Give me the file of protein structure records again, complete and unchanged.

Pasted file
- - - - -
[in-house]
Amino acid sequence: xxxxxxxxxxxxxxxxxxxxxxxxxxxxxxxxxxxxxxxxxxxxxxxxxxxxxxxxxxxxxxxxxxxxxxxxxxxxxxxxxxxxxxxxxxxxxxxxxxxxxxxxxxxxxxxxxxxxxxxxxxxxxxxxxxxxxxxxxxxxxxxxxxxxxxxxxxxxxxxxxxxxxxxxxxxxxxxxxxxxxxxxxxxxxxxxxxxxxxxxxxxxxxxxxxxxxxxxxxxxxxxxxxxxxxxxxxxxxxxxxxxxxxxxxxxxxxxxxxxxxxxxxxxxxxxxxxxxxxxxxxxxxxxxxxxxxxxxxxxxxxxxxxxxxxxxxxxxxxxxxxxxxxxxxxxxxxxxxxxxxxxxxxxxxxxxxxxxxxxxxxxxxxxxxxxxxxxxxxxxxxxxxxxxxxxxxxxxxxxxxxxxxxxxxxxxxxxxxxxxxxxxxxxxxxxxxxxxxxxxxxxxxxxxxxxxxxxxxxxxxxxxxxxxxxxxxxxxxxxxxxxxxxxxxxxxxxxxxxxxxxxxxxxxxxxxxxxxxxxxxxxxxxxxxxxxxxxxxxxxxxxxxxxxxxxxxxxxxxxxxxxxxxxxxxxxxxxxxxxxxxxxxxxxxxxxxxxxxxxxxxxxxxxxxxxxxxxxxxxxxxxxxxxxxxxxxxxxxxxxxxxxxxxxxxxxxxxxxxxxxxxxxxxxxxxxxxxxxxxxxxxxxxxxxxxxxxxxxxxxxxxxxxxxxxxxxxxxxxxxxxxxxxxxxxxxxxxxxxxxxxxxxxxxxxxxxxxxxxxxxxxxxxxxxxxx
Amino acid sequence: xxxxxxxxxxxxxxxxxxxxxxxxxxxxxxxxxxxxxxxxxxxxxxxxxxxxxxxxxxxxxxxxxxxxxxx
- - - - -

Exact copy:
[in-house]
Amino acid sequence: xxxxxxxxxxxxxxxxxxxxxxxxxxxxxxxxxxxxxxxxxxxxxxxxxxxxxxxxxxxxxxxxxxxxxxxxxxxxxxxxxxxxxxxxxxxxxxxxxxxxxxxxxxxxxxxxxxxxxxxxxxxxxxxxxxxxxxxxxxxxxxxxxxxxxxxxxxxxxxxxxxxxxxxxxxxxxxxxxxxxxxxxxxxxxxxxxxxxxxxxxxxxxxxxxxxxxxxxxxxxxxxxxxxxxxxxxxxxxxxxxxxxxxxxxxxxxxxxxxxxxxxxxxxxxxxxxxxxxxxxxxxxxxxxxxxxxxxxxxxxxxxxxxxxxxxxxxxxxxxxxxxxxxxxxxxxxxxxxxxxxxxxxxxxxxxxxxxxxxxxxxxxxxxxxxxxxxxxxxxxxxxxxxxxxxxxxxxxxxxxxxxxxxxxxxxxxxxxxxxxxxxxxxxxxxxxxxxxxxxxxxxxxxxxxxxxxxxxxxxxxxxxxxxxxxxxxxxxxxxxxxxxxxxxxxxxxxxxxxxxxxxxxxxxxxxxxxxxxxxxxxxxxxxxxxxxxxxxxxxxxxxxxxxxxxxxxxxxxxxxxxxxxxxxxxxxxxxxxxxxxxxxxxxxxxxxxxxxxxxxxxxxxxxxxxxxxxxxxxxxxxxxxxxxxxxxxxxxxxxxxxxxxxxxxxxxxxxxxxxxxxxxxxxxxxxxxxxxxxxxxxxxxxxxxxxxxxxxxxxxxxxxxxxxxxxxxxxxxxxxxxxxxxxxxxxxxxxxxxxxxxxxxxxxxxxxxxxxxxxxxxxxxxxxxxxx
Amino acid sequence: xxxxxxxxxxxxxxxxxxxxxxxxxxxxxxxxxxxxxxxxxxxxxxxxxxxxxxxxxxxxxxxxxxxxxxx